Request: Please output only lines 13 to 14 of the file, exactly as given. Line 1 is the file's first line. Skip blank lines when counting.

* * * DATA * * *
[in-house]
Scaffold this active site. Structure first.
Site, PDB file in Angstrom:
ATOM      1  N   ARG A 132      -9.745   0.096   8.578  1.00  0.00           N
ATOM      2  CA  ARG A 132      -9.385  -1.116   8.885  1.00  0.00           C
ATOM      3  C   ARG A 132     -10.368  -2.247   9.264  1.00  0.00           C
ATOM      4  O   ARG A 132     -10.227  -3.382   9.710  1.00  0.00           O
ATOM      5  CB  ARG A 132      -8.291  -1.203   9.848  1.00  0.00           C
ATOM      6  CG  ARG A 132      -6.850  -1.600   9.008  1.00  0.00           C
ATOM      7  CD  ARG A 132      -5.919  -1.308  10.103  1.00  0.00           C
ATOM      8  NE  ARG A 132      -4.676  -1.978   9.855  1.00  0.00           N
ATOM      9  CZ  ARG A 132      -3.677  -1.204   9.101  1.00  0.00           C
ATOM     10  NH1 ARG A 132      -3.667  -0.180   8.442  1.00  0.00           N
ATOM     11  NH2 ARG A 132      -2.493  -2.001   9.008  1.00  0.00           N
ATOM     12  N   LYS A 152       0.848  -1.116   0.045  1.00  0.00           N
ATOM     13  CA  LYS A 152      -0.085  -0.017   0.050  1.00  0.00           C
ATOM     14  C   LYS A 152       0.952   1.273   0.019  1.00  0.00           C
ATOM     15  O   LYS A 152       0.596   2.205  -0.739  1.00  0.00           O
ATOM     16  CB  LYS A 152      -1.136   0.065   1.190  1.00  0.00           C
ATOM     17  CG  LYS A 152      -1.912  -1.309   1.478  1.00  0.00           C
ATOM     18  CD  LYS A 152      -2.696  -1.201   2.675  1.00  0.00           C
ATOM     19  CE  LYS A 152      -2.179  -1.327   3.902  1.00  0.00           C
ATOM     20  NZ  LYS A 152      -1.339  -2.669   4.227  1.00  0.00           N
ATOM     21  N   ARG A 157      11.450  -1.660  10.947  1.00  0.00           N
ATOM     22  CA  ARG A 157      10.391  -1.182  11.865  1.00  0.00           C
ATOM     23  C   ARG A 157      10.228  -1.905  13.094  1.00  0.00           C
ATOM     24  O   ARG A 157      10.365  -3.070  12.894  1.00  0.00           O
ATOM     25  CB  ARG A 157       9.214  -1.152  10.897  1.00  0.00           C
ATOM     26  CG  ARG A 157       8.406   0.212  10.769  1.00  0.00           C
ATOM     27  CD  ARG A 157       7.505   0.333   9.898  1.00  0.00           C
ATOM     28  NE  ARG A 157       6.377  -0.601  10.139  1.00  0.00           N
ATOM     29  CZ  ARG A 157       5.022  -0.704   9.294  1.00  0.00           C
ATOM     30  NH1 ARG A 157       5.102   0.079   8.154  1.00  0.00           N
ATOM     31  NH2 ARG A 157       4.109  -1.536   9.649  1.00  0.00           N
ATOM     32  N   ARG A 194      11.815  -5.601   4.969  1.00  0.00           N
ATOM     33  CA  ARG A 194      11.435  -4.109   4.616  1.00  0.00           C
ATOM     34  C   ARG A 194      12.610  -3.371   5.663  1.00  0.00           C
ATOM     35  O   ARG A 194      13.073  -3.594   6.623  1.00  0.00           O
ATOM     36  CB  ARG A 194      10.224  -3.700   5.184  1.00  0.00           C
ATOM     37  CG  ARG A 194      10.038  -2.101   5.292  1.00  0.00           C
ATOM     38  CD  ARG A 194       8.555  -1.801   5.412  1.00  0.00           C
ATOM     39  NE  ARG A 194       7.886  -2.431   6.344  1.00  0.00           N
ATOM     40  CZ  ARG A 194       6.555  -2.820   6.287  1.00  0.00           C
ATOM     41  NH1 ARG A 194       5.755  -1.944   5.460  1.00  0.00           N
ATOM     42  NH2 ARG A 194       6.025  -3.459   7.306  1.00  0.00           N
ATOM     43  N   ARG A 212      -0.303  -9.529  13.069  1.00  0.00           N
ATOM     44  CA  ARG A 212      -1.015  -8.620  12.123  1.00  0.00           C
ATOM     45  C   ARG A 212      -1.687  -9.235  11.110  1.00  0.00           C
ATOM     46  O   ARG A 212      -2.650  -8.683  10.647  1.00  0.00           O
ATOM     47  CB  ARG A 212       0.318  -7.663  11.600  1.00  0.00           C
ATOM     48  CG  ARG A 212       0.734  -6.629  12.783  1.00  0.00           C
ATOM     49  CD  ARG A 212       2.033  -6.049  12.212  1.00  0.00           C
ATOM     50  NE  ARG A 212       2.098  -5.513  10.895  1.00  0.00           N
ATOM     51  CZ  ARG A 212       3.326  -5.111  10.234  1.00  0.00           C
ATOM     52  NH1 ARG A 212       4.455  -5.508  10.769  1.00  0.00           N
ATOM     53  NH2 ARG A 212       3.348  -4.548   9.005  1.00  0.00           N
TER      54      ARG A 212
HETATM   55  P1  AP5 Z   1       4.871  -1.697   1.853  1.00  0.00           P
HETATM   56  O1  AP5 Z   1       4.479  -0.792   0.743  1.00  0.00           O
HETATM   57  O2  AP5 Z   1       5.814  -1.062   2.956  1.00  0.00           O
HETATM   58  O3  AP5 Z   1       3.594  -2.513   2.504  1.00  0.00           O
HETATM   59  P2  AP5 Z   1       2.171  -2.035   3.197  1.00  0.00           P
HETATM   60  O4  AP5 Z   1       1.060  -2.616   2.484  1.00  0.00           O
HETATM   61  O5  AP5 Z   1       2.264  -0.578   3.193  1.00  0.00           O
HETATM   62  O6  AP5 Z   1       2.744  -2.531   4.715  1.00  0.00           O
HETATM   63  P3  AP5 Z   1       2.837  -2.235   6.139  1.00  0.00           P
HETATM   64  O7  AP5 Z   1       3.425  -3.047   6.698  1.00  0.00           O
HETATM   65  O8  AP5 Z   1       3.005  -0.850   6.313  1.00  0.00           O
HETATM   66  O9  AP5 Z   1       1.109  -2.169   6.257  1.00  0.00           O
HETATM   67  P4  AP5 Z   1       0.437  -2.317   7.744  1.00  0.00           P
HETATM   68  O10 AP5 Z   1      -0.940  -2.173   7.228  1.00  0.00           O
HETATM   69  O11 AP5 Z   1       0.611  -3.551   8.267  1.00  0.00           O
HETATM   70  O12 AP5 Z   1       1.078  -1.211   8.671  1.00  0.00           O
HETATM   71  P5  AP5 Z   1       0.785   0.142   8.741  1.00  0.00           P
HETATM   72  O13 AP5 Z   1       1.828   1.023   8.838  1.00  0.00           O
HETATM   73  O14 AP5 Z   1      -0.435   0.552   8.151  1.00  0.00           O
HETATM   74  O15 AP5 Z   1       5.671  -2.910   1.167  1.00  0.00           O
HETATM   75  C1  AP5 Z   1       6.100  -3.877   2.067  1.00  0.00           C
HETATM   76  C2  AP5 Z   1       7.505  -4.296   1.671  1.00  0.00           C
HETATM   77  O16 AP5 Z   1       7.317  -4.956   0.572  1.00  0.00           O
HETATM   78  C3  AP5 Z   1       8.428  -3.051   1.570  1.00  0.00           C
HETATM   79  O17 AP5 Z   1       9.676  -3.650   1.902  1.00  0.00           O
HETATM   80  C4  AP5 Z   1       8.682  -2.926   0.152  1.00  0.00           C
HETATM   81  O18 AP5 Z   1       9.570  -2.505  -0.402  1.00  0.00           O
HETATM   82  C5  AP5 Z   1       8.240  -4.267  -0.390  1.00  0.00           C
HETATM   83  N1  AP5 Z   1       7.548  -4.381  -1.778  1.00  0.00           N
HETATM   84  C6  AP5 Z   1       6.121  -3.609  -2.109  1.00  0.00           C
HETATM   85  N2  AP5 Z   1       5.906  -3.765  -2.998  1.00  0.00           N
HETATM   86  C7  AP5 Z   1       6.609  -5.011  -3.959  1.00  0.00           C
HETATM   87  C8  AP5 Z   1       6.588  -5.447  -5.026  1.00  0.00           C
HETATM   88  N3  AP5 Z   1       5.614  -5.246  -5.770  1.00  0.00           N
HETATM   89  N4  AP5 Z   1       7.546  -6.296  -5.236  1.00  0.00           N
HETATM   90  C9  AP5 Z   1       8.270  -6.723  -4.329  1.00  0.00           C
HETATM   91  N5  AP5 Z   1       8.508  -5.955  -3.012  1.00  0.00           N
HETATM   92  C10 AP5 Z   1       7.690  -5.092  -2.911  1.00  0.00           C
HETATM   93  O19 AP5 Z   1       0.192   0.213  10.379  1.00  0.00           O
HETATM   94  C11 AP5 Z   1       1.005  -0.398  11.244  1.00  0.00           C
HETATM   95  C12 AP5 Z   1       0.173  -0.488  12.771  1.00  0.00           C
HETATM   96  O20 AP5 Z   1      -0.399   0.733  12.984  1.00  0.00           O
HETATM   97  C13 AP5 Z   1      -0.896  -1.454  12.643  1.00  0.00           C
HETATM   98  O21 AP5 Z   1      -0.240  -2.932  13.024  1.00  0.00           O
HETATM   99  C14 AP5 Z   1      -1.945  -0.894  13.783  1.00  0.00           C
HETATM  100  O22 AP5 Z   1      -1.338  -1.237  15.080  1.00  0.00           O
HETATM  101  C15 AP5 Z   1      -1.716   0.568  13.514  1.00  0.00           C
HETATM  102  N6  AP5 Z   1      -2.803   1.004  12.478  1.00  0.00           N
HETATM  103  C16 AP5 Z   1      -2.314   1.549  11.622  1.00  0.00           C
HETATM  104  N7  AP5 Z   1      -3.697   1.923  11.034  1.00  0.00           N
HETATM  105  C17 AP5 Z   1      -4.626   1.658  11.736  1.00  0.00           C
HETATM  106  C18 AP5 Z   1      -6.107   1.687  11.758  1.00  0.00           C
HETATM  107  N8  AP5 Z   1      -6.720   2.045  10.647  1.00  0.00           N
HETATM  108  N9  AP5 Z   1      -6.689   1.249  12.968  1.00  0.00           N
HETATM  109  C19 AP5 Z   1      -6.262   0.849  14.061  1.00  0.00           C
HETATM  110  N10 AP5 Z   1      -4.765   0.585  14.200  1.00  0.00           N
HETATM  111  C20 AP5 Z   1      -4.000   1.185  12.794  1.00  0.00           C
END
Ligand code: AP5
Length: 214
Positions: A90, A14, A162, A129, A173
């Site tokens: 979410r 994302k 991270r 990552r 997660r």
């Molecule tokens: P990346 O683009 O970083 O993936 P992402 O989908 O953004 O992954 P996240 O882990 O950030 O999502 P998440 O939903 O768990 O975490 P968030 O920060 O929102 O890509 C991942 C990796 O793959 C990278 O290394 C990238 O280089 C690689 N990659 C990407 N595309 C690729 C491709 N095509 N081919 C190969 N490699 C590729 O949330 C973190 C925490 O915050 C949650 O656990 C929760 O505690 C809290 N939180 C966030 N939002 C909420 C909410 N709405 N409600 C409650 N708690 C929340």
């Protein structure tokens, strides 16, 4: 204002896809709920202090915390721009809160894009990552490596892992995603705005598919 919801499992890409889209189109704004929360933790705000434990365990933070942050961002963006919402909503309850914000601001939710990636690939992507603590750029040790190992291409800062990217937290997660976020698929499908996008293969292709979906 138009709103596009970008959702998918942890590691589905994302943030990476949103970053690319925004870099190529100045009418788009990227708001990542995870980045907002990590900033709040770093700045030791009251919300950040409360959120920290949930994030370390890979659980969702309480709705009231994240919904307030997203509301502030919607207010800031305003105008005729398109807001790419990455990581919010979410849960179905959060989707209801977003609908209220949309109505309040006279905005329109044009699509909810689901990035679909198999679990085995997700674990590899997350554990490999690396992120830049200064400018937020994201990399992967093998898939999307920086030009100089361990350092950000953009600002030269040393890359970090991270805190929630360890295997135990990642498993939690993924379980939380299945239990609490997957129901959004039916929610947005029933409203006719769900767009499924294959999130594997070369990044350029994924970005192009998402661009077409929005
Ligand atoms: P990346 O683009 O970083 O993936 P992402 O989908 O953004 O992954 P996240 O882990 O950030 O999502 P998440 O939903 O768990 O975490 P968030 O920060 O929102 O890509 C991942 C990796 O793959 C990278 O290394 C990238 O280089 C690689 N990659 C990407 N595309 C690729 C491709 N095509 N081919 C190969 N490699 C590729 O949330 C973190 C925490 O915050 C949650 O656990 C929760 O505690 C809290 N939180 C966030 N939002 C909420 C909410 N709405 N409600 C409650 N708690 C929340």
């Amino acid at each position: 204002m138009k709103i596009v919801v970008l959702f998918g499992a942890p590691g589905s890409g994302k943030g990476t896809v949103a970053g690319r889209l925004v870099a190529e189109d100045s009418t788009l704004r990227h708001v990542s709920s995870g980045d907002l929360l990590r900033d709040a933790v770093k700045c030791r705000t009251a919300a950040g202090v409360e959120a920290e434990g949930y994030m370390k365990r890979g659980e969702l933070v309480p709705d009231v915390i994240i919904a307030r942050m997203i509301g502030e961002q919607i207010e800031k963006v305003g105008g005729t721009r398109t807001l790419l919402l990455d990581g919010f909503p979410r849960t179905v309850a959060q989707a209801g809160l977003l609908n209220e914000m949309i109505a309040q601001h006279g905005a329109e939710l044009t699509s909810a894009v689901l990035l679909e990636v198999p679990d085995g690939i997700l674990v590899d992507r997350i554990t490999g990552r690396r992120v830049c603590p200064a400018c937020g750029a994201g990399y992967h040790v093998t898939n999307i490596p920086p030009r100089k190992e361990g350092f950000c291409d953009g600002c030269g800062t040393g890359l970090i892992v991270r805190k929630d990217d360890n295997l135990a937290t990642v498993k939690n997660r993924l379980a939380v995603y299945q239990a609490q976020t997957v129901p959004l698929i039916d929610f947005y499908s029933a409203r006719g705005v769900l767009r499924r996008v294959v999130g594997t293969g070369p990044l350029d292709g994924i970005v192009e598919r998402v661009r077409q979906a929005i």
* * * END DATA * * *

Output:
ATOM     10  NH1 ARG A 132      -3.667  -0.180   8.442  1.00  0.00           N
ATOM     11  NH2 ARG A 132      -2.493  -2.001   9.008  1.00  0.00           N